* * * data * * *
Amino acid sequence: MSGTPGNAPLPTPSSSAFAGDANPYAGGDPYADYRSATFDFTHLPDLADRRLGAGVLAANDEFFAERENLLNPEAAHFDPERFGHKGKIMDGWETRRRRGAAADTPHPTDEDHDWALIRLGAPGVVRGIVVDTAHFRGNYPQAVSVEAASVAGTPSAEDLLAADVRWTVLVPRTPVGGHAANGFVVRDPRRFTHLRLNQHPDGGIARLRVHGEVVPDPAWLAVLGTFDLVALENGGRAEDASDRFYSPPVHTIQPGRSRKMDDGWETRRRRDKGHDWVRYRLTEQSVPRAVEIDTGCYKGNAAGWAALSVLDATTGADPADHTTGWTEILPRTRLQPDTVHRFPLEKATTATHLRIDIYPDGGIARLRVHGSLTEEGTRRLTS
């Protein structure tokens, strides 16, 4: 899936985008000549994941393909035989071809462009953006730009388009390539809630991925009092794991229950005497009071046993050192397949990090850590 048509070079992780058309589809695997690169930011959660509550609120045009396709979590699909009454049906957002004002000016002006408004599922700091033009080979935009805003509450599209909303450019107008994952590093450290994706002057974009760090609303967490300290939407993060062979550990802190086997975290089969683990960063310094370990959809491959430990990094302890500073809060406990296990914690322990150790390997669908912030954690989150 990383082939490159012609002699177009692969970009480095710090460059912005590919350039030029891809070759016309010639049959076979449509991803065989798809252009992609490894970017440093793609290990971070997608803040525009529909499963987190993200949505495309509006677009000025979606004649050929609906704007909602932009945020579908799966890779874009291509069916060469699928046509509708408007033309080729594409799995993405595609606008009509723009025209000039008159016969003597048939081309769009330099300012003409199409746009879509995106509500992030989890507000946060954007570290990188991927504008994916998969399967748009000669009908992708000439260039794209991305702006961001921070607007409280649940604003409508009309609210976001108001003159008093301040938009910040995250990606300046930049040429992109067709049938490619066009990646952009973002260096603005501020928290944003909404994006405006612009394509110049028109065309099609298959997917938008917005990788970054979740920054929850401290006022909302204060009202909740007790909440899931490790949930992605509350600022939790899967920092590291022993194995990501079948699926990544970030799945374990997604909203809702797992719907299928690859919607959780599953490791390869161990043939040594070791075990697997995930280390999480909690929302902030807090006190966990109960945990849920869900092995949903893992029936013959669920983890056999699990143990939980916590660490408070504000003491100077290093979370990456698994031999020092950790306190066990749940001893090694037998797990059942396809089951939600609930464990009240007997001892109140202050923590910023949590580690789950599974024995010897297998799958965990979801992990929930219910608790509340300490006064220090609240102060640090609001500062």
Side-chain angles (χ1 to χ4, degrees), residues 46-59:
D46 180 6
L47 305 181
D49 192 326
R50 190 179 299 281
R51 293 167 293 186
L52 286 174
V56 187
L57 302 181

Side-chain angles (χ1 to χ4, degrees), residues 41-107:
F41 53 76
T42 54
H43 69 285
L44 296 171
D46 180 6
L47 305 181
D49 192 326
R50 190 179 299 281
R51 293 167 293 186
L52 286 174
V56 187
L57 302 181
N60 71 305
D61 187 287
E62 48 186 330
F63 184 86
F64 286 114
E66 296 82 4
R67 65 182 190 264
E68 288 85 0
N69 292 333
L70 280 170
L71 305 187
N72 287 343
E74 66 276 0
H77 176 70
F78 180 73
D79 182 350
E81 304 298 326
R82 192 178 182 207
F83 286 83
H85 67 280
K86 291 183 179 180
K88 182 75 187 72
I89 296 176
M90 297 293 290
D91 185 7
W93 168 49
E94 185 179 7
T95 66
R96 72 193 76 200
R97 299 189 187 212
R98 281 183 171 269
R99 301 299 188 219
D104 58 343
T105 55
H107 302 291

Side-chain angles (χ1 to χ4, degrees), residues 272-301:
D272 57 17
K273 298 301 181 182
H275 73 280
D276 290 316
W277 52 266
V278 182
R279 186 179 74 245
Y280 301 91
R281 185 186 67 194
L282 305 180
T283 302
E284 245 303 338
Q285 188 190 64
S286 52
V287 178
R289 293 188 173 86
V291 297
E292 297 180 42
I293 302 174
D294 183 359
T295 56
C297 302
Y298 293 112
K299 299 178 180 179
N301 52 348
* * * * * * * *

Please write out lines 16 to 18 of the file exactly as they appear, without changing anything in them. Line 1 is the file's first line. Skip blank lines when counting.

L44 296 171
D46 180 6
L47 305 181